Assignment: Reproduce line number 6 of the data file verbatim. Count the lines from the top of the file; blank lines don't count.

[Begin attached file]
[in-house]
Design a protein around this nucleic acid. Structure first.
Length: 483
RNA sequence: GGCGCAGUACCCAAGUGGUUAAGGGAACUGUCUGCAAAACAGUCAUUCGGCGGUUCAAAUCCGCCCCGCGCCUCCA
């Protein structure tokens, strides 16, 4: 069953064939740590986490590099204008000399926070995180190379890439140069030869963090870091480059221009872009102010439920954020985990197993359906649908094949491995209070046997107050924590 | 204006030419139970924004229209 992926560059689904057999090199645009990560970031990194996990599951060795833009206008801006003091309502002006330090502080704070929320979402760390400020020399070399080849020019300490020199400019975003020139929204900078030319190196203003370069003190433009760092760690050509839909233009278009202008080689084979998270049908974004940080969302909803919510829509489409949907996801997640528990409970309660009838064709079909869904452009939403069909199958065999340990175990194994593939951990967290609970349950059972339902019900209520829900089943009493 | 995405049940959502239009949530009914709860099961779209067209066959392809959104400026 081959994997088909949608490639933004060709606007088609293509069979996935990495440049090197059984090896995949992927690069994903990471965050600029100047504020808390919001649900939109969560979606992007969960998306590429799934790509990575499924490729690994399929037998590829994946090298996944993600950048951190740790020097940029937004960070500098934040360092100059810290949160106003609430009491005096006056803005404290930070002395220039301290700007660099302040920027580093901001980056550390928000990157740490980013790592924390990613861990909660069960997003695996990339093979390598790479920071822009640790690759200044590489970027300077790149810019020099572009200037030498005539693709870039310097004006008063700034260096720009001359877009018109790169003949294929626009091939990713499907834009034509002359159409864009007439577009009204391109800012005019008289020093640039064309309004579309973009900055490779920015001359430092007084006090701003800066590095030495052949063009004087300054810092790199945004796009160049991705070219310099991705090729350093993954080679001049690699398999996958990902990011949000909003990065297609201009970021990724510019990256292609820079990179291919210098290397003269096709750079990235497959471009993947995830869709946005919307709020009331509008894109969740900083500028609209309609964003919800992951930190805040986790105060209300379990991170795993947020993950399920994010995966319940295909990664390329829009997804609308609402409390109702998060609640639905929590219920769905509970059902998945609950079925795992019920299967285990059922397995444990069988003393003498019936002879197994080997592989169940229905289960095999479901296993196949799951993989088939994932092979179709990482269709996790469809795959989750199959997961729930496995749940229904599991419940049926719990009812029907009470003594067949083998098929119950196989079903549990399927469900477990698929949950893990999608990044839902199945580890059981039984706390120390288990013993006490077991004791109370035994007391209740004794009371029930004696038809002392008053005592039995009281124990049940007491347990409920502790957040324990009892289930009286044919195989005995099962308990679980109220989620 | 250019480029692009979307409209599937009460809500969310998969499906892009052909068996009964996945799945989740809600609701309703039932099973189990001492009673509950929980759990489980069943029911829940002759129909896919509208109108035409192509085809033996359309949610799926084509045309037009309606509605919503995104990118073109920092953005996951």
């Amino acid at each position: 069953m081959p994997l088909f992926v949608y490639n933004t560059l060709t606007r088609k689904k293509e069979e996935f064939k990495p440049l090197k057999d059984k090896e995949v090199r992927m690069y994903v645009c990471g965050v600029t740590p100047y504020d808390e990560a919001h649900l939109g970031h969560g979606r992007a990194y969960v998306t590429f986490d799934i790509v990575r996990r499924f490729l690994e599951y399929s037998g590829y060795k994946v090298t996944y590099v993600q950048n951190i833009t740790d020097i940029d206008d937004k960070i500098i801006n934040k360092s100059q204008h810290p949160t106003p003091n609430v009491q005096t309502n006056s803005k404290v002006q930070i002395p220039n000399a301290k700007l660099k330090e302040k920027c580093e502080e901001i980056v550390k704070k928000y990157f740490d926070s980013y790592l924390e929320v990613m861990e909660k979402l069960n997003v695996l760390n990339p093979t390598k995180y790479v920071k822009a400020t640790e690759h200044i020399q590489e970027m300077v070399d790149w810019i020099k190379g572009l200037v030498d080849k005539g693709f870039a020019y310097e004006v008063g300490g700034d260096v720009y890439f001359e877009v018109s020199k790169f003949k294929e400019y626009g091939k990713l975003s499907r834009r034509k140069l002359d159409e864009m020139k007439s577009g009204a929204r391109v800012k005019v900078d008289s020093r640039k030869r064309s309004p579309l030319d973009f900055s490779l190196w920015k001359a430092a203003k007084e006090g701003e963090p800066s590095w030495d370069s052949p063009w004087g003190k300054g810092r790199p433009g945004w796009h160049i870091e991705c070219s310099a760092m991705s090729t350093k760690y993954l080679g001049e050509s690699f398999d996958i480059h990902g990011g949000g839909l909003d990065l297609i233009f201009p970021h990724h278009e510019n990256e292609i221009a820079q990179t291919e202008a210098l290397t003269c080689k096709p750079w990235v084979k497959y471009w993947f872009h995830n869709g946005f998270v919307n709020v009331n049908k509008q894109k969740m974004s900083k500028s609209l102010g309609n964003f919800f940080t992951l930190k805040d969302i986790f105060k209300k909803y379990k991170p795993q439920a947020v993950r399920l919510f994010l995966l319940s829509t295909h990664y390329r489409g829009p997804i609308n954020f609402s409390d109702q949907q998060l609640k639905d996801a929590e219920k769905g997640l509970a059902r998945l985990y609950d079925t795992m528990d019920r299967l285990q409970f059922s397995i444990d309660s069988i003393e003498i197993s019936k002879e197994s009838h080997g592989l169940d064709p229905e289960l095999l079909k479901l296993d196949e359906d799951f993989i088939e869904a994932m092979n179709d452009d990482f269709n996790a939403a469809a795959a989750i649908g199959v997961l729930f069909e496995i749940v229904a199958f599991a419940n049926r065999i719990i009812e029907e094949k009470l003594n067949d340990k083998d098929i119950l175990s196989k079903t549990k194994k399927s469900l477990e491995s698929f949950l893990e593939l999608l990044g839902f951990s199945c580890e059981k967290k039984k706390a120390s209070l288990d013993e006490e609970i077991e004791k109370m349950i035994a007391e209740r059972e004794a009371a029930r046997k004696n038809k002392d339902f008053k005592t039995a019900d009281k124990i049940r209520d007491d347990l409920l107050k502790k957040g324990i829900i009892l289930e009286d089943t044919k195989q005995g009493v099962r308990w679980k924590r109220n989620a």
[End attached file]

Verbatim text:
């Amino acid at each position: 069953m081959p994997l088909f992926v949608y490639n933004t560059l060709t606007r088609k689904k293509e069979e996935f064939k990495p440049l090197k057999d059984k090896e995949v090199r992927m690069y994903v645009c990471g965050v600029t740590p100047y504020d808390e990560a919001h649900l939109g970031h969560g979606r992007a990194y969960v998306t590429f986490d799934i790509v990575r996990r499924f490729l690994e599951y399929s037998g590829y060795k994946v090298t996944y590099v993600q950048n951190i833009t740790d020097i940029d206008d937004k960070i500098i801006n934040k360092s100059q204008h810290p949160t106003p003091n609430v009491q005096t309502n006056s803005k404290v002006q930070i002395p220039n000399a301290k700007l660099k330090e302040k920027c580093e502080e901001i980056v550390k704070k928000y990157f740490d926070s980013y790592l924390e929320v990613m861990e909660k979402l069960n997003v695996l760390n990339p093979t390598k995180y790479v920071k822009a400020t640790e690759h200044i020399q590489e970027m300077v070399d790149w810019i020099k190379g572009l200037v030498d080849k005539g693709f870039a020019y310097e004006v008063g300490g700034d260096v720009y890439f001359e877009v018109s020199k790169f003949k294929e400019y626009g091939k990713l975003s499907r834009r034509k140069l002359d159409e864009m020139k007439s577009g009204a929204r391109v800012k005019v900078d008289s020093r640039k030869r064309s309004p579309l030319d973009f900055s490779l190196w920015k001359a430092a203003k007084e006090g701003e963090p800066s590095w030495d370069s052949p063009w004087g003190k300054g810092r790199p433009g945004w796009h160049i870091e991705c070219s310099a760092m991705s090729t350093k760690y993954l080679g001049e050509s690699f398999d996958i480059h990902g990011g949000g839909l909003d990065l297609i233009f201009p970021h990724h278009e510019n990256e292609i221009a820079q990179t291919e202008a210098l290397t003269c080689k096709p750079w990235v084979k497959y471009w993947f872009h995830n869709g946005f998270v919307n709020v009331n049908k509008q894109k969740m974004s900083k500028s609209l102010g309609n964003f919800f940080t992951l930190k805040d969302i986790f105060k209300k909803y379990k991170p795993q439920a947020v993950r399920l919510f994010l995966l319940s829509t295909h990664y390329r489409g829009p997804i609308n954020f609402s409390d109702q949907q998060l609640k639905d996801a929590e219920k769905g997640l509970a059902r998945l985990y609950d079925t795992m528990d019920r299967l285990q409970f059922s397995i444990d309660s069988i003393e003498i197993s019936k002879e197994s009838h080997g592989l169940d064709p229905e289960l095999l079909k479901l296993d196949e359906d799951f993989i088939e869904a994932m092979n179709d452009d990482f269709n996790a939403a469809a795959a989750i649908g199959v997961l729930f069909e496995i749940v229904a199958f599991a419940n049926r065999i719990i009812e029907e094949k009470l003594n067949d340990k083998d098929i119950l175990s196989k079903t549990k194994k399927s469900l477990e491995s698929f949950l893990e593939l999608l990044g839902f951990s199945c580890e059981k967290k039984k706390a120390s209070l288990d013993e006490e609970i077991e004791k109370m349950i035994a007391e209740r059972e004794a009371a029930r046997k004696n038809k002392d339902f008053k005592t039995a019900d009281k124990i049940r209520d007491d347990l409920l107050k502790k957040g324990i829900i009892l289930e009286d089943t044919k195989q005995g009493v099962r308990w679980k924590r109220n989620a």